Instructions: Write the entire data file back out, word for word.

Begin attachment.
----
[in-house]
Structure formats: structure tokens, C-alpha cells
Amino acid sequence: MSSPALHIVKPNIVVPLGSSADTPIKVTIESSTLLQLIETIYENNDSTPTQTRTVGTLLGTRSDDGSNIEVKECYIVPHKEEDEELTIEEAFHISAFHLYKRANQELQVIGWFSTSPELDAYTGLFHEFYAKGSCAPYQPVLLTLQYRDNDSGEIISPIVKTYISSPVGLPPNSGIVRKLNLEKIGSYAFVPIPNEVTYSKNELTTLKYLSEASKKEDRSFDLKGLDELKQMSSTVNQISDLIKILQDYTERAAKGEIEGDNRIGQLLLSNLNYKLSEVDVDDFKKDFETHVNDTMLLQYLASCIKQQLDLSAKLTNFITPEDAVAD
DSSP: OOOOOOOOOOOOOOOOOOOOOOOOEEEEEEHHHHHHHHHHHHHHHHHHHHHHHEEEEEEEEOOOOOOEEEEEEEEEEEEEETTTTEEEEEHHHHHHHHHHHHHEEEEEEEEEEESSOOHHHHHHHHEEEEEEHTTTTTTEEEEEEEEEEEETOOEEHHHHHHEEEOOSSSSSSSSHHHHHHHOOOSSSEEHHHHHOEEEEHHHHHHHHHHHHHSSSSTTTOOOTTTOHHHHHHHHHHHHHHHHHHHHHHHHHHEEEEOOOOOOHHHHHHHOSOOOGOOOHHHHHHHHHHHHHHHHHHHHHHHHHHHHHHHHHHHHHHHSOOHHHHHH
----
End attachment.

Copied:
[in-house]
Structure formats: structure tokens, C-alpha cells
Amino acid sequence: MSSPALHIVKPNIVVPLGSSADTPIKVTIESSTLLQLIETIYENNDSTPTQTRTVGTLLGTRSDDGSNIEVKECYIVPHKEEDEELTIEEAFHISAFHLYKRANQELQVIGWFSTSPELDAYTGLFHEFYAKGSCAPYQPVLLTLQYRDNDSGEIISPIVKTYISSPVGLPPNSGIVRKLNLEKIGSYAFVPIPNEVTYSKNELTTLKYLSEASKKEDRSFDLKGLDELKQMSSTVNQISDLIKILQDYTERAAKGEIEGDNRIGQLLLSNLNYKLSEVDVDDFKKDFETHVNDTMLLQYLASCIKQQLDLSAKLTNFITPEDAVAD
DSSP: OOOOOOOOOOOOOOOOOOOOOOOOEEEEEEHHHHHHHHHHHHHHHHHHHHHHHEEEEEEEEOOOOOOEEEEEEEEEEEEEETTTTEEEEEHHHHHHHHHHHHHEEEEEEEEEEESSOOHHHHHHHHEEEEEEHTTTTTTEEEEEEEEEEEETOOEEHHHHHHEEEOOSSSSSSSSHHHHHHHOOOSSSEEHHHHHOEEEEHHHHHHHHHHHHHSSSSTTTOOOTTTOHHHHHHHHHHHHHHHHHHHHHHHHHHEEEEOOOOOOHHHHHHHOSOOOGOOOHHHHHHHHHHHHHHHHHHHHHHHHHHHHHHHHHHHHHHHSOOHHHHHH